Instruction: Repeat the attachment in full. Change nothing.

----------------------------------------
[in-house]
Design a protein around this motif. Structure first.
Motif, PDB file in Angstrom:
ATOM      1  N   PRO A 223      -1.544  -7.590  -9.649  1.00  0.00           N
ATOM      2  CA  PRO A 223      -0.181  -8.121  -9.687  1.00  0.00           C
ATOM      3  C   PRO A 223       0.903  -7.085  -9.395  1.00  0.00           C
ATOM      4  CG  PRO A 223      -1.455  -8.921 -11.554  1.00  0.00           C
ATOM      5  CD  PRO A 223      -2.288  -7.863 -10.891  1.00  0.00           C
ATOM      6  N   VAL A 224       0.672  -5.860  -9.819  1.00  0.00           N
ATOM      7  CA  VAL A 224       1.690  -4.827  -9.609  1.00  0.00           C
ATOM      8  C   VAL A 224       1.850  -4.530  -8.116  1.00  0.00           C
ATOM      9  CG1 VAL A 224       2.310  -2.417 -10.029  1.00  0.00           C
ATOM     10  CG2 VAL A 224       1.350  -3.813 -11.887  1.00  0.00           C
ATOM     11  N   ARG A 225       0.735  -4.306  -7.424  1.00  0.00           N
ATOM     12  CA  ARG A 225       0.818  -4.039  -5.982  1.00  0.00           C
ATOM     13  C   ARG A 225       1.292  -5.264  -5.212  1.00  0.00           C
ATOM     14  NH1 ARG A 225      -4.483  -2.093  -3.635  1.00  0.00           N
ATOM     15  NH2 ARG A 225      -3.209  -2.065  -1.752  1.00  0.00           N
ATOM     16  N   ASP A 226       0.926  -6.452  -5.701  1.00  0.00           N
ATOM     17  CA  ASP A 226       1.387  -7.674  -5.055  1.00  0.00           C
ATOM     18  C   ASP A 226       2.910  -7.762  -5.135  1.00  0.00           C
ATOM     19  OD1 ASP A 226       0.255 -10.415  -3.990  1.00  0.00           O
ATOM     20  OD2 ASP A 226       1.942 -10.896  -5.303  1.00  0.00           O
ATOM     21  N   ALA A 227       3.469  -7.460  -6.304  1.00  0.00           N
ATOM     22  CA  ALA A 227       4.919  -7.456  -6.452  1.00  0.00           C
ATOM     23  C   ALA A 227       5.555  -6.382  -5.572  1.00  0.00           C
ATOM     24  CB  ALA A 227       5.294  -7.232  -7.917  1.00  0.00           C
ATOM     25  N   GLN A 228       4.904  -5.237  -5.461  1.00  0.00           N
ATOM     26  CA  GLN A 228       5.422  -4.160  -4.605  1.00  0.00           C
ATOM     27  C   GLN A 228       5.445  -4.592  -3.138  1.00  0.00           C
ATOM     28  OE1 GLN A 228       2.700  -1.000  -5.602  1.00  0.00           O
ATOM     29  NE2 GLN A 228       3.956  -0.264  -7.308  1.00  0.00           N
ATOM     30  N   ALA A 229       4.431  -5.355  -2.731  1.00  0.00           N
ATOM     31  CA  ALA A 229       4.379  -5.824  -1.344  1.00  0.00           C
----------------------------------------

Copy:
[in-house]
Design a protein around this motif. Structure first.
Motif, PDB file in Angstrom:
ATOM      1  N   PRO A 223      -1.544  -7.590  -9.649  1.00  0.00           N
ATOM      2  CA  PRO A 223      -0.181  -8.121  -9.687  1.00  0.00           C
ATOM      3  C   PRO A 223       0.903  -7.085  -9.395  1.00  0.00           C
ATOM      4  CG  PRO A 223      -1.455  -8.921 -11.554  1.00  0.00           C
ATOM      5  CD  PRO A 223      -2.288  -7.863 -10.891  1.00  0.00           C
ATOM      6  N   VAL A 224       0.672  -5.860  -9.819  1.00  0.00           N
ATOM      7  CA  VAL A 224       1.690  -4.827  -9.609  1.00  0.00           C
ATOM      8  C   VAL A 224       1.850  -4.530  -8.116  1.00  0.00           C
ATOM      9  CG1 VAL A 224       2.310  -2.417 -10.029  1.00  0.00           C
ATOM     10  CG2 VAL A 224       1.350  -3.813 -11.887  1.00  0.00           C
ATOM     11  N   ARG A 225       0.735  -4.306  -7.424  1.00  0.00           N
ATOM     12  CA  ARG A 225       0.818  -4.039  -5.982  1.00  0.00           C
ATOM     13  C   ARG A 225       1.292  -5.264  -5.212  1.00  0.00           C
ATOM     14  NH1 ARG A 225      -4.483  -2.093  -3.635  1.00  0.00           N
ATOM     15  NH2 ARG A 225      -3.209  -2.065  -1.752  1.00  0.00           N
ATOM     16  N   ASP A 226       0.926  -6.452  -5.701  1.00  0.00           N
ATOM     17  CA  ASP A 226       1.387  -7.674  -5.055  1.00  0.00           C
ATOM     18  C   ASP A 226       2.910  -7.762  -5.135  1.00  0.00           C
ATOM     19  OD1 ASP A 226       0.255 -10.415  -3.990  1.00  0.00           O
ATOM     20  OD2 ASP A 226       1.942 -10.896  -5.303  1.00  0.00           O
ATOM     21  N   ALA A 227       3.469  -7.460  -6.304  1.00  0.00           N
ATOM     22  CA  ALA A 227       4.919  -7.456  -6.452  1.00  0.00           C
ATOM     23  C   ALA A 227       5.555  -6.382  -5.572  1.00  0.00           C
ATOM     24  CB  ALA A 227       5.294  -7.232  -7.917  1.00  0.00           C
ATOM     25  N   GLN A 228       4.904  -5.237  -5.461  1.00  0.00           N
ATOM     26  CA  GLN A 228       5.422  -4.160  -4.605  1.00  0.00           C
ATOM     27  C   GLN A 228       5.445  -4.592  -3.138  1.00  0.00           C
ATOM     28  OE1 GLN A 228       2.700  -1.000  -5.602  1.00  0.00           O
ATOM     29  NE2 GLN A 228       3.956  -0.264  -7.308  1.00  0.00           N
ATOM     30  N   ALA A 229       4.431  -5.355  -2.731  1.00  0.00           N
ATOM     31  CA  ALA A 229       4.379  -5.824  -1.344  1.00  0.00           C